Single-pixel imaging is growing in popularity, with broad applications in the non-visible spectrum, where dedicated cameras remain difficult and expensive to produce. Generally, the technique employs 2D spatial patterns of light and a single-pixel detector to reconstruct an image.
Now, researchers in Canada have developed a fast and reconfigurable single-pixel camera that combines a digital micromirror device with laser scanning hardware (Nat. Commun., doi: 10.1038/s41467-022-35585-8). With the help of a lightweight reconstruction algorithm, the new camera is capable of streaming real-time video at 100 frames per second (fps), and up to 12,000 fps offline.
Imaging with just one pixel
Single-pixel cameras produce images without the use of a traditional 2D sensor, instead leveraging light modulation and a much more economical single-pixel detector. The unique approach has the ability to fill a niche in situations where building an entire array of detectors would be impractical. Such devices have been implemented in time-of-flight 3D profilometry, single-photon imaging, terahertz imaging and other applications.
They work by reflecting an image off a digital micromirror device (DMD)—an array of microscopic mirrors that can be tilted at will—which allows only some of the light to be diverted to the detector at any given time. By randomly changing the arrangement of micromirrors while recording the sensor output, a compressed-sensing algorithm can be used to reconstruct the image.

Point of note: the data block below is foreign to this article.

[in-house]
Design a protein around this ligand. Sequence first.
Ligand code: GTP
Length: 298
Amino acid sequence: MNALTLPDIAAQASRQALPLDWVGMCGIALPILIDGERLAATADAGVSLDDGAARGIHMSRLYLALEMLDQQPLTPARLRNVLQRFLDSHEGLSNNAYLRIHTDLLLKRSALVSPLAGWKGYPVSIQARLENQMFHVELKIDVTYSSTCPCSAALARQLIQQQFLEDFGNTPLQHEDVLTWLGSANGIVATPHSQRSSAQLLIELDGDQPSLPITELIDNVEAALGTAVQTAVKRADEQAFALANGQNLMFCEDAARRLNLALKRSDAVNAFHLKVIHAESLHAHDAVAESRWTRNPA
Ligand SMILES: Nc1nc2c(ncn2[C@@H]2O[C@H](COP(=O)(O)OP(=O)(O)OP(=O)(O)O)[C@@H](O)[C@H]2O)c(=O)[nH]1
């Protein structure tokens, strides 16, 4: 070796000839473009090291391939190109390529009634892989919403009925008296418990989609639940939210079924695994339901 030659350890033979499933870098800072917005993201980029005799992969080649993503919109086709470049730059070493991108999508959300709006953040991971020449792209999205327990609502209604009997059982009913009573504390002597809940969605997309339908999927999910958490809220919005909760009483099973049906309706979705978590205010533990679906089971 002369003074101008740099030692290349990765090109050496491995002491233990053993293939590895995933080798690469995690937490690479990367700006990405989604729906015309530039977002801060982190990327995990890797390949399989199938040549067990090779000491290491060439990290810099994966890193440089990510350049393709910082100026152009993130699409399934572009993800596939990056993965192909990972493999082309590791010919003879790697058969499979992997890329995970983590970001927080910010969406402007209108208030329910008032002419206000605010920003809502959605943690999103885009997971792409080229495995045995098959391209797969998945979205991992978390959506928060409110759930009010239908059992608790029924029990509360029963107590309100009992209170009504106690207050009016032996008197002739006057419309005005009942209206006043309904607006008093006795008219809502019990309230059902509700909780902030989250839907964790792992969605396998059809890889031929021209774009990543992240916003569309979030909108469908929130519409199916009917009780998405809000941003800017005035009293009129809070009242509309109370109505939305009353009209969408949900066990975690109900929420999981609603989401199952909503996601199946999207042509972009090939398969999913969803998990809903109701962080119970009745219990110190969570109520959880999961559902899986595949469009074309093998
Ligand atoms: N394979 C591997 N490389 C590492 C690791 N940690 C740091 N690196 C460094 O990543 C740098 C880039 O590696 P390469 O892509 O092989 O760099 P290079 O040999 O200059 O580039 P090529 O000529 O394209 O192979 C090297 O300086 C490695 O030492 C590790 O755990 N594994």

“Projecting these many 2D spatial patterns still takes some time, even if we use the most advanced DMD,” said Jinyang Liang, an associate professor at the Institut National de la Recherche Scientifique (INRS) of the Université du Québec. “So, the 2D imaging speeds in most existing single-pixel cameras are clamped under 100 fps, precluding them from high-speed imaging.”
Fast laser scanning
Liang and his colleagues aimed to boost the overall speed with a novel technique, which they dubbed single-pixel imaging accelerated via swept aggregate patterns (SPI-ASAP). The SPI-ASAP system still shares the same operating principle as other single-pixel cameras, but it adds an innovative laser scanning platform.
First, a special design is used to squeeze many encoding patterns into a single mask, called an aggregate pattern, which is displayed on the DMD. Fast laser scanning rapidly deploys individual encoding masks as optically selected sub-regions of the larger aggregate pattern.
“In this way, pattern aggregation enhances single-pixel imaging data acquisition rates to more than 100 times above the limitations of DMD-only modulation,” said Liang. “At the same time, we can still retain the high pixel count and flexibility of pattern display with DMDs.”
Seeing beyond visible light
The researchers also developed a fast compressed-sensing reconstruction algorithm with full compatibility with parallel computing for real-time visualization. All in all, the SPI-ASAP system projects encoding patterns at a rate of up to 14.1 MHz, allowing for reconfigurable 2D imaging offline at up to 12,000 fps, and real-time video operation at 100 fps.
Liang foresees that the current system will contribute to the study of combustion phenomena and the characterization of optical properties of nanomaterials.
“We believe that SPI-ASAP will shine even brighter in applications that use non-visible spectral ranges,” Liang said. “For example, SPI-ASAP with an infrared light source will enable fast hazardous gas detection and has great potential to speed up 2D terahertz imaging.”
The authors have provided reconstructed videos from SPI-ASAP system tests: